In your experience, from the catalogue of crimes that generate criminal responsibility in the legal individual, what risks could be more relevant for the associates and companies in AEFA's field of action?

The risks to which any company in our country is exposed can be differentiated into two types: transversal and specific. Depending on the sector in which they operate, companies will be more exposed to one or the other. These would be, for example, transversal risks, which affect all companies: risks of discovery and disclosure of secrets, fraud, crimes against the market and consumers, fraud against public administrations, including crimes against the Treasury, Social Security, subsidy fraud or breach of accounting obligations and, finally, those related to public and private corruption, including in the former all those crimes related to influence peddling, bribery and bribery and in the latter corruption in business, bearing in mind the risk of corruption in international business transactions for those companies operating abroad. As specific risks of the sector, and fundamentally because of its regulation, I would highlight the risk of committing crimes against public health, because of the type of product it commercializes, and the risk related to environmental crimes, both because of the production of the product and its final destination. But beware, depending on the markets in which it operates, it would not obviate other risks that may be very relevant for the sector, such as the commission of a money laundering crime, if international transactions do not comply with the requirements imposed by Law 1/2010, on the prevention of money laundering.


As far as the sector is concerned, the registration of a phytosanitary product entails a large investment in studies, formulation and trials. How can these data and documents be protected once they have been submitted to the Administration?

It may seem obvious, but the registration process is an administrative procedure that, as such, is public. This means that all documents and essays may become accessible to a third party with a legitimate interest applying for access. In addition, the Law of Access to Environmental Information and the Law of Transparency facilitate access to a plurality of subjects (from competitors to pressure groups) and, to all this are added the provisions of the Law on Plant Health that even allow the "expropriation" of certain trials in order to avoid their repetition.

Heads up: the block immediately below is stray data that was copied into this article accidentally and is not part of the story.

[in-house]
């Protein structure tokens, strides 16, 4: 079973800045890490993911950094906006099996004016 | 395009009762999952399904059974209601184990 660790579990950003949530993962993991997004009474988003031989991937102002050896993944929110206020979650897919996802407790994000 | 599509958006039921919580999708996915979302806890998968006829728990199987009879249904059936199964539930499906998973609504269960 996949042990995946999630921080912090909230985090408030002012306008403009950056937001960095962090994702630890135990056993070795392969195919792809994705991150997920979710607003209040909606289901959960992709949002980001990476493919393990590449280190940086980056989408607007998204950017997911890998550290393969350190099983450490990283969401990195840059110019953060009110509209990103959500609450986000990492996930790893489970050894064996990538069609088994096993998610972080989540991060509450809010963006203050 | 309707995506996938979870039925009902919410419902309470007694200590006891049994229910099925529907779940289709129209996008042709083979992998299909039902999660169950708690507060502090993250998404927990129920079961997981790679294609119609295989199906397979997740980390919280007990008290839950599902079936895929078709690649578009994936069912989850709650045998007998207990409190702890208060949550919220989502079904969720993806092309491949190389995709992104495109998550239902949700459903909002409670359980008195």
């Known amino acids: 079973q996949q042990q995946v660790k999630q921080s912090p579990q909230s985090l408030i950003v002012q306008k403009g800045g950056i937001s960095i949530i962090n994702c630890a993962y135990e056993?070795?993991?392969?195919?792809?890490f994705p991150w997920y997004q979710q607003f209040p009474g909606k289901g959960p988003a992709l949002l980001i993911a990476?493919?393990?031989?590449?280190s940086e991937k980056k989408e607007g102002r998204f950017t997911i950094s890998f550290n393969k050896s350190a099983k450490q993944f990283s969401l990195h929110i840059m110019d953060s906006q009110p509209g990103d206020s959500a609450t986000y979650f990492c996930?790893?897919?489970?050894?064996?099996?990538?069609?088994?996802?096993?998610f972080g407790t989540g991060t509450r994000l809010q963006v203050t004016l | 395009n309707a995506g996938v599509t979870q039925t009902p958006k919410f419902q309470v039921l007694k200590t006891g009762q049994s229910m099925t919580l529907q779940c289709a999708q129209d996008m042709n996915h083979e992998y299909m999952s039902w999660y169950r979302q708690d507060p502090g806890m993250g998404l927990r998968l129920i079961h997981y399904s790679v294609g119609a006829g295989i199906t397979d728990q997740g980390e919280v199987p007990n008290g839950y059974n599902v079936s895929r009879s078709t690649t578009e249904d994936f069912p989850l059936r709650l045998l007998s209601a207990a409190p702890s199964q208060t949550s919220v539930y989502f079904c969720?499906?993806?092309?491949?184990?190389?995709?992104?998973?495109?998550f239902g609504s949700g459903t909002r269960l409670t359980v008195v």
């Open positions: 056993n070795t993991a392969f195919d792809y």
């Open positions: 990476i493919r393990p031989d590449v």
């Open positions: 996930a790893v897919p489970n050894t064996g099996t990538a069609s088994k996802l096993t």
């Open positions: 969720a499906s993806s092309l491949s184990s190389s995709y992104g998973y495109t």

The best way to protect yourself against these threats is prevention. Regulation 1107/2009, the Transparency Law, and the very recently approved Business Secrets Law, dispense instruments so that entrepreneurs can protect the most sensitive aspects of their formulae. For this reason, it is essential to properly plan the registration processes from the point of view of the protection of industrial secrets.

The regulation of special products based on microorganisms presents deficiencies that sometimes make it very difficult to reconcile technical criteria with the criteria imposed by the Royal Decree. How can the law help us?

The Law must adapt to the reality of the sector it regulates and, therefore, Royal Decree 506/2013 (modified by Royal Decree 999/2017) must incorporate the technical improvements necessary to facilitate its application by operators.

Although there are numerous aspects that would require a modification of the Royal Decree there are many others that have their solution in a correct application of the rule. Thus, there are limits such as that relating to the expiry date of products containing micro-organisms, which can be solved by modifying the Annex through a ministerial order, which makes the reform process much simpler than that which initially implied its approval. On the other hand, there are problems that have their origin in the interpretation that the Administration makes of the norm. In this sense it is important to be clear that the Administration has limits to this interpretation. The Administration cannot impose criteria not foreseen in the norm that limit the exercise of the activity under the argument that it is an interpretation or application of the same.

Finally, what advice can you give on how to act in conflict situations: non-payments, contractual interpretations, etc?

The pre-trial and out-of-court phase is key. That is to say, to try to avoid the judicial or arbitral procedure if it were possible, and for it it is advised to put in hands of specialists when before. Designing strategies from the very moment a controversy may arise is fundamental, since a bad step, although well-intentioned, can drag you to the Courts without evidence or grounds on which to base a solid position.